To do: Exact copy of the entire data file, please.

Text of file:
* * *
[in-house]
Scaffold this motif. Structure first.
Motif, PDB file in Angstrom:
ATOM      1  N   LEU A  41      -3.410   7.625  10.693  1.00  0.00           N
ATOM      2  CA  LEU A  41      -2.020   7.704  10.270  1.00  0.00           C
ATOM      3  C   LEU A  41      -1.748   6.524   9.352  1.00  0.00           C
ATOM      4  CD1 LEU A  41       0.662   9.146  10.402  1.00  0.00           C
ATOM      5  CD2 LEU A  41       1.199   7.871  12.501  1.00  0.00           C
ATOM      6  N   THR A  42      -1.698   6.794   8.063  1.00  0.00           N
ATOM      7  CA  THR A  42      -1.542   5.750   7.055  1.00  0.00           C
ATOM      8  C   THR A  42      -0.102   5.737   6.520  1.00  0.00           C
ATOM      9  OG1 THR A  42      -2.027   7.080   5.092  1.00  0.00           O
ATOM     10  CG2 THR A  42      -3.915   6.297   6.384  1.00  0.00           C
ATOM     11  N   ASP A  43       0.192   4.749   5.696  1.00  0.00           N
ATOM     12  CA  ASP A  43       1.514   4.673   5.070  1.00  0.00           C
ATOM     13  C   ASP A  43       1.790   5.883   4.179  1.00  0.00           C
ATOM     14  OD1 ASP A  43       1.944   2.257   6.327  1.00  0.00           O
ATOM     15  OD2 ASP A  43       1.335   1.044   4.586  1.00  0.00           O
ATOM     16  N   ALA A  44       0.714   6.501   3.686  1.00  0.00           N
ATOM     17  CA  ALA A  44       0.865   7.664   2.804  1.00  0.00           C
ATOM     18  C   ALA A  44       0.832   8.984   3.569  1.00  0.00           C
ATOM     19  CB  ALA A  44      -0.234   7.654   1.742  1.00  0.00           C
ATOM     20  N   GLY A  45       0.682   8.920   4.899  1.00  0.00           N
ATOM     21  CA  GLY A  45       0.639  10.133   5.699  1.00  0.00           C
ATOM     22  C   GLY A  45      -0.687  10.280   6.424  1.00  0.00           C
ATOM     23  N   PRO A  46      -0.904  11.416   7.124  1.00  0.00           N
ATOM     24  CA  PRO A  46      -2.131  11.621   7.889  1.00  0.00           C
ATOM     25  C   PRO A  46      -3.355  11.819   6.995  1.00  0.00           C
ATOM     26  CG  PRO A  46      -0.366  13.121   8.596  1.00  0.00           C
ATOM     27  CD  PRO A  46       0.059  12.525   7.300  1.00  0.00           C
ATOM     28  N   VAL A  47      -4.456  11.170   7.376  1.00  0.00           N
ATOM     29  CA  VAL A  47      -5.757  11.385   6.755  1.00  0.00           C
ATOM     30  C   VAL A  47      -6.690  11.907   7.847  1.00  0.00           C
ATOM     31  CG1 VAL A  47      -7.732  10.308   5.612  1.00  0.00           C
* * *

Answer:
[in-house]
Scaffold this motif. Structure first.
Motif, PDB file in Angstrom:
ATOM      1  N   LEU A  41      -3.410   7.625  10.693  1.00  0.00           N
ATOM      2  CA  LEU A  41      -2.020   7.704  10.270  1.00  0.00           C
ATOM      3  C   LEU A  41      -1.748   6.524   9.352  1.00  0.00           C
ATOM      4  CD1 LEU A  41       0.662   9.146  10.402  1.00  0.00           C
ATOM      5  CD2 LEU A  41       1.199   7.871  12.501  1.00  0.00           C
ATOM      6  N   THR A  42      -1.698   6.794   8.063  1.00  0.00           N
ATOM      7  CA  THR A  42      -1.542   5.750   7.055  1.00  0.00           C
ATOM      8  C   THR A  42      -0.102   5.737   6.520  1.00  0.00           C
ATOM      9  OG1 THR A  42      -2.027   7.080   5.092  1.00  0.00           O
ATOM     10  CG2 THR A  42      -3.915   6.297   6.384  1.00  0.00           C
ATOM     11  N   ASP A  43       0.192   4.749   5.696  1.00  0.00           N
ATOM     12  CA  ASP A  43       1.514   4.673   5.070  1.00  0.00           C
ATOM     13  C   ASP A  43       1.790   5.883   4.179  1.00  0.00           C
ATOM     14  OD1 ASP A  43       1.944   2.257   6.327  1.00  0.00           O
ATOM     15  OD2 ASP A  43       1.335   1.044   4.586  1.00  0.00           O
ATOM     16  N   ALA A  44       0.714   6.501   3.686  1.00  0.00           N
ATOM     17  CA  ALA A  44       0.865   7.664   2.804  1.00  0.00           C
ATOM     18  C   ALA A  44       0.832   8.984   3.569  1.00  0.00           C
ATOM     19  CB  ALA A  44      -0.234   7.654   1.742  1.00  0.00           C
ATOM     20  N   GLY A  45       0.682   8.920   4.899  1.00  0.00           N
ATOM     21  CA  GLY A  45       0.639  10.133   5.699  1.00  0.00           C
ATOM     22  C   GLY A  45      -0.687  10.280   6.424  1.00  0.00           C
ATOM     23  N   PRO A  46      -0.904  11.416   7.124  1.00  0.00           N
ATOM     24  CA  PRO A  46      -2.131  11.621   7.889  1.00  0.00           C
ATOM     25  C   PRO A  46      -3.355  11.819   6.995  1.00  0.00           C
ATOM     26  CG  PRO A  46      -0.366  13.121   8.596  1.00  0.00           C
ATOM     27  CD  PRO A  46       0.059  12.525   7.300  1.00  0.00           C
ATOM     28  N   VAL A  47      -4.456  11.170   7.376  1.00  0.00           N
ATOM     29  CA  VAL A  47      -5.757  11.385   6.755  1.00  0.00           C
ATOM     30  C   VAL A  47      -6.690  11.907   7.847  1.00  0.00           C
ATOM     31  CG1 VAL A  47      -7.732  10.308   5.612  1.00  0.00           C